Oh the pages you’ll go!

What you read and where you go can sometimes be the same thing.

I was scrolling through my camera roll, looking for some summer snaps to send to my grandparents, when I noticed an unexpected theme. Interspersed among photographs of action, lit by sun, were just as many flat, uncolored images—ink on paper, black on white: photographs of text.

It didn’t come as a surprise; I’ve had this habit for some time. I’ll read a line or paragraph I don’t want to forget—a passage that has moved me or intrigued me; a phrase that sounds especially beautiful or rings especially true—and make a copy I can keep. They’re fragments I might want to ponder further, to reference in my writing, to share with a book-loving friend.

I knew I’d been taking these photos. It hadn’t slipped my mind; but it wasn’t until I saw so many, interspersed with all my summer snaps—young kids cavorting, old friends posing—that I began to see them not as separate from “real life”—as somehow running parallel—but as part of it.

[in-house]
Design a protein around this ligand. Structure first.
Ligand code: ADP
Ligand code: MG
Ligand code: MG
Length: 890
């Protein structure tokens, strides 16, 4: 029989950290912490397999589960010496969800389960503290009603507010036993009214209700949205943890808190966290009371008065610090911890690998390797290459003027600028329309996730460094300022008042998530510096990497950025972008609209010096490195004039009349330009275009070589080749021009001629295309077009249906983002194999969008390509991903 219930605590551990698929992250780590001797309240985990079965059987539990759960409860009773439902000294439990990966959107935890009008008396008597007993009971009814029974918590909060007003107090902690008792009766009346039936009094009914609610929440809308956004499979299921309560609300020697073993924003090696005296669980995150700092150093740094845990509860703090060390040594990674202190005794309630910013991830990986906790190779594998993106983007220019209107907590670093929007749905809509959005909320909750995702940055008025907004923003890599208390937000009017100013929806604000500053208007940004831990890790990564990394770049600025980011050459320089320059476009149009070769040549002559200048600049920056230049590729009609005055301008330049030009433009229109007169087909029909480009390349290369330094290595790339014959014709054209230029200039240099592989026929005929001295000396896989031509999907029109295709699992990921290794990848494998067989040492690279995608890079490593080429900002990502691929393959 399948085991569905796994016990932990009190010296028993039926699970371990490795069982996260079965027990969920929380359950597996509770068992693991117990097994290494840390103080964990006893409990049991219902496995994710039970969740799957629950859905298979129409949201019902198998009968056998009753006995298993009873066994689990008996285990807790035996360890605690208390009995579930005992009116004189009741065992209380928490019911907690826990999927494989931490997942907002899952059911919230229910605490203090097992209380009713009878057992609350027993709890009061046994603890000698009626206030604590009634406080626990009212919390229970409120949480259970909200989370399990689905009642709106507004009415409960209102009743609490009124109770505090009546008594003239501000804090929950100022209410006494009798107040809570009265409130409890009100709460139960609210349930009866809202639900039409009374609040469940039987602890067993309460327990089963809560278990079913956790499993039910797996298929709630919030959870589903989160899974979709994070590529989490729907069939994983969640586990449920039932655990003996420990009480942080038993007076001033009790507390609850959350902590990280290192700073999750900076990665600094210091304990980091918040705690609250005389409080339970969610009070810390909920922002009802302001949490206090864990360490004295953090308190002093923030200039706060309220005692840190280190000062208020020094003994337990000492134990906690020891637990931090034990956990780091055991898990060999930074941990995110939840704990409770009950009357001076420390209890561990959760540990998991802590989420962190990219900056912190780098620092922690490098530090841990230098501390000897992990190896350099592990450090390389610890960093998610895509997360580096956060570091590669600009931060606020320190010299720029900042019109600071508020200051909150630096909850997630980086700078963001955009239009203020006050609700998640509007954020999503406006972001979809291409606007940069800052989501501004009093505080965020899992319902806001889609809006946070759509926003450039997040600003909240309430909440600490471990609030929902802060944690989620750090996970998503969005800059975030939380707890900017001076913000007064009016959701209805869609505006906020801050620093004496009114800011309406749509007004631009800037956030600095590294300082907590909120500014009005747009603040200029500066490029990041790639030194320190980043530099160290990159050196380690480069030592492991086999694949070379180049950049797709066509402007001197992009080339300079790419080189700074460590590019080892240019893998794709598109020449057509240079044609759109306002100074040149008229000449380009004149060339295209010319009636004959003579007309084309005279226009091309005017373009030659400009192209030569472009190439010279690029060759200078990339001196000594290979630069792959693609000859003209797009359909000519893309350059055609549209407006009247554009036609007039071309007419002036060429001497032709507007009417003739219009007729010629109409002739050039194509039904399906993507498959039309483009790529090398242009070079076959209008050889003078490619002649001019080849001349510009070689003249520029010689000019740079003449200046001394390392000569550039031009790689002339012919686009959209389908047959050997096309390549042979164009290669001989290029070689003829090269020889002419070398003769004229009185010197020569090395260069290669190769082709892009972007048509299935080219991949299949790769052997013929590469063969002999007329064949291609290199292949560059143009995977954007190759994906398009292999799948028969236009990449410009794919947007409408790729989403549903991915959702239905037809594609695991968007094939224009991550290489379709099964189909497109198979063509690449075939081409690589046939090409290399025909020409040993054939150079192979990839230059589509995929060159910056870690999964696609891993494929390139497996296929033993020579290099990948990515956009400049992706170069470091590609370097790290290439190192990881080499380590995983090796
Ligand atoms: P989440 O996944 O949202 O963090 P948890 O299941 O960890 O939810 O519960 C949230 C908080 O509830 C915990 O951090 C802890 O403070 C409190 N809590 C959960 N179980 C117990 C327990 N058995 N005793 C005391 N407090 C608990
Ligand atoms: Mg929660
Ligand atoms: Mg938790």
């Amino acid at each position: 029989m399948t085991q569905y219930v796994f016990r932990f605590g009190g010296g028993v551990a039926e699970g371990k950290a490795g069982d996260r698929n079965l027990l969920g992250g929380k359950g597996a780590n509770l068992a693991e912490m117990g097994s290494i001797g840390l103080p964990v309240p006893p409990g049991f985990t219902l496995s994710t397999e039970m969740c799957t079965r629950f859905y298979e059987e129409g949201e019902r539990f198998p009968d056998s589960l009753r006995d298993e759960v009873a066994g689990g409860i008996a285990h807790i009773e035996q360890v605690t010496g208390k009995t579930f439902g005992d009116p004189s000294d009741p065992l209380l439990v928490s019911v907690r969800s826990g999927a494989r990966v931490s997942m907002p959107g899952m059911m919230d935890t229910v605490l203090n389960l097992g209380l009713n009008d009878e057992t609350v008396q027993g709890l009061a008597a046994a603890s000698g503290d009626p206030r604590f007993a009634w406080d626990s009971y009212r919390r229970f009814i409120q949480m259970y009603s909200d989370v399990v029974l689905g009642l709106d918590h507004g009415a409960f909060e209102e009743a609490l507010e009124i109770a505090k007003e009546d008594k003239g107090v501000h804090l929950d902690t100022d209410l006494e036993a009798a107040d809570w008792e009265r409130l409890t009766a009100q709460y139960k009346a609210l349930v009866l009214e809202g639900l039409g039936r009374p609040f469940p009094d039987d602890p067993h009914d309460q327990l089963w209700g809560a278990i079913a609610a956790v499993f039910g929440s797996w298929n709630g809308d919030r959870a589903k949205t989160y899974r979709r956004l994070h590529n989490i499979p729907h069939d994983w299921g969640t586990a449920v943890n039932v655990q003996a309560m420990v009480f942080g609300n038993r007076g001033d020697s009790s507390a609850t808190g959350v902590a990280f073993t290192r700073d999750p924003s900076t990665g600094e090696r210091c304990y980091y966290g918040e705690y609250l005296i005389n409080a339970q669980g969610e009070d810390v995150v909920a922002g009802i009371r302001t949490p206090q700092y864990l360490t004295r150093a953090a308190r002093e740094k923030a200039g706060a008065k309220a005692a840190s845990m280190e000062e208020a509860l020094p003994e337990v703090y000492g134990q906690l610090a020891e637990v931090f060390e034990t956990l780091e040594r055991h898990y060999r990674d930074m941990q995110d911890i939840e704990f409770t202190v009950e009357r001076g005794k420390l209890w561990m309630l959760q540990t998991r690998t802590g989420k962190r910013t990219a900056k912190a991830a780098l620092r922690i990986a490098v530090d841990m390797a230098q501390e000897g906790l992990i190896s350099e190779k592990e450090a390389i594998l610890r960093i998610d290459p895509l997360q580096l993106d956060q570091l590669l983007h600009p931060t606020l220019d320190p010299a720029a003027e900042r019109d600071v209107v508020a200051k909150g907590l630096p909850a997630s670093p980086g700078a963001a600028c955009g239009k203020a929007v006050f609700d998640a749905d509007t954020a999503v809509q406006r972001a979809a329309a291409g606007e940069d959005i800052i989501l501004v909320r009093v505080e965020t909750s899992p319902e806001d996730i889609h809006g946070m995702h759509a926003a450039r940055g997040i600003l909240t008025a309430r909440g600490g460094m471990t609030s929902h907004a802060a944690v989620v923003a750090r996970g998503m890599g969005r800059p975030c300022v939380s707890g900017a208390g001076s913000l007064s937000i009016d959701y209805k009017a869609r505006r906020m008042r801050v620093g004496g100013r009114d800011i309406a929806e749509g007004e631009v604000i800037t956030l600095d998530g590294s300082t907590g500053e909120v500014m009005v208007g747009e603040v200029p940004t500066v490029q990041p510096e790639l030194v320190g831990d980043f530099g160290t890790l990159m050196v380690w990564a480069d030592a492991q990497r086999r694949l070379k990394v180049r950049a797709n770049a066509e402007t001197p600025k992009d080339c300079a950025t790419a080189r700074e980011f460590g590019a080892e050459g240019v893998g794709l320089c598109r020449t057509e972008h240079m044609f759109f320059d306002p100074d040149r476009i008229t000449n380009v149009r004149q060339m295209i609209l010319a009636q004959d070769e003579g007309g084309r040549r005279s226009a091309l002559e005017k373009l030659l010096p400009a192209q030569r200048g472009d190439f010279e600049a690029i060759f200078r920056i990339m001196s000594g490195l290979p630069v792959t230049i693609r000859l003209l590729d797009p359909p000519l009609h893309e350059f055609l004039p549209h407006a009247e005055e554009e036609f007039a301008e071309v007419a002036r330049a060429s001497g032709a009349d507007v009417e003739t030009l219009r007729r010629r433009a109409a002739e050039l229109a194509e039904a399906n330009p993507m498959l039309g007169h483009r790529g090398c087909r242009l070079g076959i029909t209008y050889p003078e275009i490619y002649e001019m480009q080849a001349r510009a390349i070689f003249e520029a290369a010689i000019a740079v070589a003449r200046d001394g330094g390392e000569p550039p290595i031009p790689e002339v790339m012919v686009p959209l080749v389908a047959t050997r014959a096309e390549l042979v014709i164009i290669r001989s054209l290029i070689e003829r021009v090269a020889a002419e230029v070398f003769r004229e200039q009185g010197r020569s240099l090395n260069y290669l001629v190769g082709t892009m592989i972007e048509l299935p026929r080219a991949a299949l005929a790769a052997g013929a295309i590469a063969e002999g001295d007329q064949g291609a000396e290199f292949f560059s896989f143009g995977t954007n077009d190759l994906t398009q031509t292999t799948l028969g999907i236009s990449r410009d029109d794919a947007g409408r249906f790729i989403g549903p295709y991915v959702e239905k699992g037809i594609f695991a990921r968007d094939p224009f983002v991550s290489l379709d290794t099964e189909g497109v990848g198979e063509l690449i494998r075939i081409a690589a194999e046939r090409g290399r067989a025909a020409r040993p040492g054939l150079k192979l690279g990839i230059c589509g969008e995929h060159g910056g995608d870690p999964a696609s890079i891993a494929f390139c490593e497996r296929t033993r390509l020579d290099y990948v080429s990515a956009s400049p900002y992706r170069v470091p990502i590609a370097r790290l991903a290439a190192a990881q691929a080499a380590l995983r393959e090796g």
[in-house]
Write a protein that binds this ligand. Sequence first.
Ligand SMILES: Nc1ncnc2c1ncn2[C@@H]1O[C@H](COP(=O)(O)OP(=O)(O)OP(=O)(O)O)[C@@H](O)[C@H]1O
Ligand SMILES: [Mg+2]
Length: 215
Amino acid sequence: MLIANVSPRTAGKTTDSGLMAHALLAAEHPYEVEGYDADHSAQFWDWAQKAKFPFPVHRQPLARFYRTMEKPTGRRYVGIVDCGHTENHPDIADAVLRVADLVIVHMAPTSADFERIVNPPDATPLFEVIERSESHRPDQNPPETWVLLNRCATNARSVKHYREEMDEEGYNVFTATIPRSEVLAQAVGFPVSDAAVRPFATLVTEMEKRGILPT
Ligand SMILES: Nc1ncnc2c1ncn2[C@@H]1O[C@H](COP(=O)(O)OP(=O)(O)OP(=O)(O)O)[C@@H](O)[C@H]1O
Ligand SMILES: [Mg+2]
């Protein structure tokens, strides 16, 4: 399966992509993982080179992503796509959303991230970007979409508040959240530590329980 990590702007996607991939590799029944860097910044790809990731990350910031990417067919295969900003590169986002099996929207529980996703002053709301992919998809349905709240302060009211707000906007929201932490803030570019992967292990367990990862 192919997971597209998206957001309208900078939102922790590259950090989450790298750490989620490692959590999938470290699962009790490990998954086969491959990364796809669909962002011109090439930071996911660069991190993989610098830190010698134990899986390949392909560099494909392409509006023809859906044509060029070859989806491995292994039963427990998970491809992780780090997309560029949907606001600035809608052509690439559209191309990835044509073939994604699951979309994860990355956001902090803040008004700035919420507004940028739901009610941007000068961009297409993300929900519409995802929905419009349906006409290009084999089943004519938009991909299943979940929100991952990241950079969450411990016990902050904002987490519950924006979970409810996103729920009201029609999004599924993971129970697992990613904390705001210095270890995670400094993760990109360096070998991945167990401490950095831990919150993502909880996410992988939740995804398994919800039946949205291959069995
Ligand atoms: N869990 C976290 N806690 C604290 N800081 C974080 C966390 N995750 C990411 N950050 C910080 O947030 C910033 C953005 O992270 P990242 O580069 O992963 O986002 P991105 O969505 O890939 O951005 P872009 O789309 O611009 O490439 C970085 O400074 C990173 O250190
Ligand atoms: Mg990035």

This meant that in recent months, while spending weekends at the mountains and the beach in my home state, I hadn’t solely experienced those places. By reading, I’d been to Queensland and to New South Wales, to Massachusetts, Georgia, London, Gloucestershire—I’d spent time in big cities and small towns; I’d been to a university, a homestead, a convent; I’d even traveled through time, from the ’40s through to present day. The vehicles that took me all had names: Either/Or by Elif Batuman, The Member of the Wedding by Carson McCullers, Leaping into Waterfalls by Bernadette Brennan, The Mint Lawn by Gillian Mears, Tell Me Again by Amy Thunig, The Bell by Iris Murdoch.

That summer, a dear friend and her son had come to visit us; we’d spent a weekend in the mountains with four other families, and two weekends by the beach. I’d caught up with old school friends several times—but also, I’d met nuns and priests, students, teachers, abusive husbands, disillusioned wives. I don’t like to play favorites, but of the (fictional) characters I spent time with, I found Harvard University student Selin Karadağ from Either/Or, who I’d already met some years ago (in Batuman’s The Idiot), and twelve-year-old Frankie Addams (the passionate protagonist in The Member of the Wedding), most endearing—and most amusing.